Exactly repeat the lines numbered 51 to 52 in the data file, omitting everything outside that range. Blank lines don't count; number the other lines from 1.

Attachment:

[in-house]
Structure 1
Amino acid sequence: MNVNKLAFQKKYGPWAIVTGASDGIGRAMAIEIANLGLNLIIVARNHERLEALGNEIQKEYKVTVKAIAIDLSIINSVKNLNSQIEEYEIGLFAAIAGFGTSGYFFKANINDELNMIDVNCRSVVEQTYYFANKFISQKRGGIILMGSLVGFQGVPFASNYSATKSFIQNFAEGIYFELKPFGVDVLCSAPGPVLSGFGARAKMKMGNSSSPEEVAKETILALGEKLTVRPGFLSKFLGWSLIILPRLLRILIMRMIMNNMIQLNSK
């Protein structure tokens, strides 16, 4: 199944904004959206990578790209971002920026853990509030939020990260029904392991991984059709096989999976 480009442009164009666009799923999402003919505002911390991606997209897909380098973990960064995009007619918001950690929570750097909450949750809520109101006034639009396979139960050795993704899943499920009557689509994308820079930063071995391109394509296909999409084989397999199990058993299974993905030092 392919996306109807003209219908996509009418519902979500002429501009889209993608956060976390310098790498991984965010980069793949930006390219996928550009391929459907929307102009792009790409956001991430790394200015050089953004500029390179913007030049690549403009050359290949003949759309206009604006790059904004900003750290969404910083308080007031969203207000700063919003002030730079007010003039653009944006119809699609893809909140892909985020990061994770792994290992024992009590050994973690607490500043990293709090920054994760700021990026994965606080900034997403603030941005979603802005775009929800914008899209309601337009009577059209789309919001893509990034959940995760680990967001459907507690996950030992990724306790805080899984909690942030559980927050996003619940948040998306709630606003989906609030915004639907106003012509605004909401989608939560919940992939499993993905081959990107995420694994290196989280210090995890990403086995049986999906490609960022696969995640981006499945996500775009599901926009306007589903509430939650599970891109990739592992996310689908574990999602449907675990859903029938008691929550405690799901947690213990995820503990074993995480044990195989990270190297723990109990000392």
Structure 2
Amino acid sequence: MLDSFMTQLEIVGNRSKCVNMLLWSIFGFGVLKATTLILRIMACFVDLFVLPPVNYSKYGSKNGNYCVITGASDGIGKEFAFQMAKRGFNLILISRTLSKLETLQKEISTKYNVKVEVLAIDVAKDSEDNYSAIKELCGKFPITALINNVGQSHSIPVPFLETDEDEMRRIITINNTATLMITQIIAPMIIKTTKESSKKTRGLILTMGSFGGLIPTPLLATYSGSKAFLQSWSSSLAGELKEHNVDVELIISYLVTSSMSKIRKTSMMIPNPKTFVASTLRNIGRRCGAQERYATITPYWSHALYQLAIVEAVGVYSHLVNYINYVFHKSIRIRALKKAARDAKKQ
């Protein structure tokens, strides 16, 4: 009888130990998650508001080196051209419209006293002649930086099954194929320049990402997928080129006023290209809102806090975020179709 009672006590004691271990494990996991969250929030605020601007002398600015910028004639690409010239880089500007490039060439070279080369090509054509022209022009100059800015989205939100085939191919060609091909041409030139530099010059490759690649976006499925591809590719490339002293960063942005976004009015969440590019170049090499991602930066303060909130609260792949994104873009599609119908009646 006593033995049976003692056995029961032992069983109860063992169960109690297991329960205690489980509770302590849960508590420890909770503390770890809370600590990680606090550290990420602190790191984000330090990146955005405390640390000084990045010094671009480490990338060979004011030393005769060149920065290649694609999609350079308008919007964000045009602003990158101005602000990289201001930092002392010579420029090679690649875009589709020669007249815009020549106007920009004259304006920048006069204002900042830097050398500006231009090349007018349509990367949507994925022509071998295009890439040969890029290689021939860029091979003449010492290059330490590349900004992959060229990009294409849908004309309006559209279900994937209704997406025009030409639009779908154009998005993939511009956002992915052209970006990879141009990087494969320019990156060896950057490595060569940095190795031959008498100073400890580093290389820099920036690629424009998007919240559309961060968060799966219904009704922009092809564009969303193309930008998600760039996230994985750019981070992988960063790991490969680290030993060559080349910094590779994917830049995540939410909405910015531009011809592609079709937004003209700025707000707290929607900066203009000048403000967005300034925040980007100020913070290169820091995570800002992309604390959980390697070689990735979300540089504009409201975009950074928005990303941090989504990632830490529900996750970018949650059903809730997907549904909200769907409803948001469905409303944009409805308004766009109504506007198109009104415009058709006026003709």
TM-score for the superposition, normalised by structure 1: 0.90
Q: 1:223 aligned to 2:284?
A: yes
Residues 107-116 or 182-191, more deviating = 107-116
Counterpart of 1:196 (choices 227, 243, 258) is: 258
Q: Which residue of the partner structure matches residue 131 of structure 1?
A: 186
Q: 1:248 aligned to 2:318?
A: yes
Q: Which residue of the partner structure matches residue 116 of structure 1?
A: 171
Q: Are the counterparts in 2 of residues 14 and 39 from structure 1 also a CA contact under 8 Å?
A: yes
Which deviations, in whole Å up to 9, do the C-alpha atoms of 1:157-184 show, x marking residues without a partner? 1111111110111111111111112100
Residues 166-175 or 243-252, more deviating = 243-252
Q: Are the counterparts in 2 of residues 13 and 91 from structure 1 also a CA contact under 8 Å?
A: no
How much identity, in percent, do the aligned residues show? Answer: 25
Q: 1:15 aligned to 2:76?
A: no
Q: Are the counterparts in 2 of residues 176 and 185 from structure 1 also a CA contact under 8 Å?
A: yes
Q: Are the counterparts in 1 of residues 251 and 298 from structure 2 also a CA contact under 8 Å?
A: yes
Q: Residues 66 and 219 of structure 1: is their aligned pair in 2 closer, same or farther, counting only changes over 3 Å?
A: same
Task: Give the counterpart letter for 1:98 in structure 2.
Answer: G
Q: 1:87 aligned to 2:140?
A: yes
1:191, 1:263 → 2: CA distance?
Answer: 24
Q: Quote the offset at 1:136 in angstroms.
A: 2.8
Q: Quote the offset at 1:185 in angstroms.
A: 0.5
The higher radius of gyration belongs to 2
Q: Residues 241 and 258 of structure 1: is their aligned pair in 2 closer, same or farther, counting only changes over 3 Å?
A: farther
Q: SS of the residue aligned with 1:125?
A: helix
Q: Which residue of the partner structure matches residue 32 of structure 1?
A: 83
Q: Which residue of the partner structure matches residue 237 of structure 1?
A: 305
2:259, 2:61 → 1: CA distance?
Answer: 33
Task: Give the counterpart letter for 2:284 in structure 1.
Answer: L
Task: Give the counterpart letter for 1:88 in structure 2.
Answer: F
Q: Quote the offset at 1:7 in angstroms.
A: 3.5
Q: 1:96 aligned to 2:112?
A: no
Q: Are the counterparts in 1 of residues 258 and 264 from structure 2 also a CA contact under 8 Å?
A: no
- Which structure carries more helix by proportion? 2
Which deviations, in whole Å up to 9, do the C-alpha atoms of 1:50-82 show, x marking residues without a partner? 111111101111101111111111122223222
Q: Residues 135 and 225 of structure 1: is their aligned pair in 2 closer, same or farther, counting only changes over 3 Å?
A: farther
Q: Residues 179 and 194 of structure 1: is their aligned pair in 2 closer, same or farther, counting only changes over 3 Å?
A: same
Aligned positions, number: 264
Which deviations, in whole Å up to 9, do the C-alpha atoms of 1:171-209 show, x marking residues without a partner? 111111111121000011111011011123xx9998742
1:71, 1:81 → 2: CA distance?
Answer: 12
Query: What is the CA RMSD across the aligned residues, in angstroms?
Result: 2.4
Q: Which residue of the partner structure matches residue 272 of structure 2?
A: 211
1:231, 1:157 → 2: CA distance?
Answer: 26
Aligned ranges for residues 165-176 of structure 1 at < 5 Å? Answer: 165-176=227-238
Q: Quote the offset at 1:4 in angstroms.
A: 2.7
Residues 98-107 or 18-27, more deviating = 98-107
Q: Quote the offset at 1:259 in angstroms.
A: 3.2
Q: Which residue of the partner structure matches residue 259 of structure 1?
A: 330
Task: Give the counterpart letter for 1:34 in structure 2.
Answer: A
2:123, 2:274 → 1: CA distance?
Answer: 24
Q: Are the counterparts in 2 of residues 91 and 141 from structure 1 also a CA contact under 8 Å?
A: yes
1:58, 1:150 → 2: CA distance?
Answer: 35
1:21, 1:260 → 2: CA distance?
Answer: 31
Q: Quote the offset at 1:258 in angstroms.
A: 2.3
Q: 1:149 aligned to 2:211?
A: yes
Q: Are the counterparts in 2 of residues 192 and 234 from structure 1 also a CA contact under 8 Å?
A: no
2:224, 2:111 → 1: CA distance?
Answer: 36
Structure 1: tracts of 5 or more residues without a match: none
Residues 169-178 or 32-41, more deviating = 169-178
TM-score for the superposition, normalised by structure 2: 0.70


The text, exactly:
Q: Which residue of the partner structure matches residue 237 of structure 1?
A: 305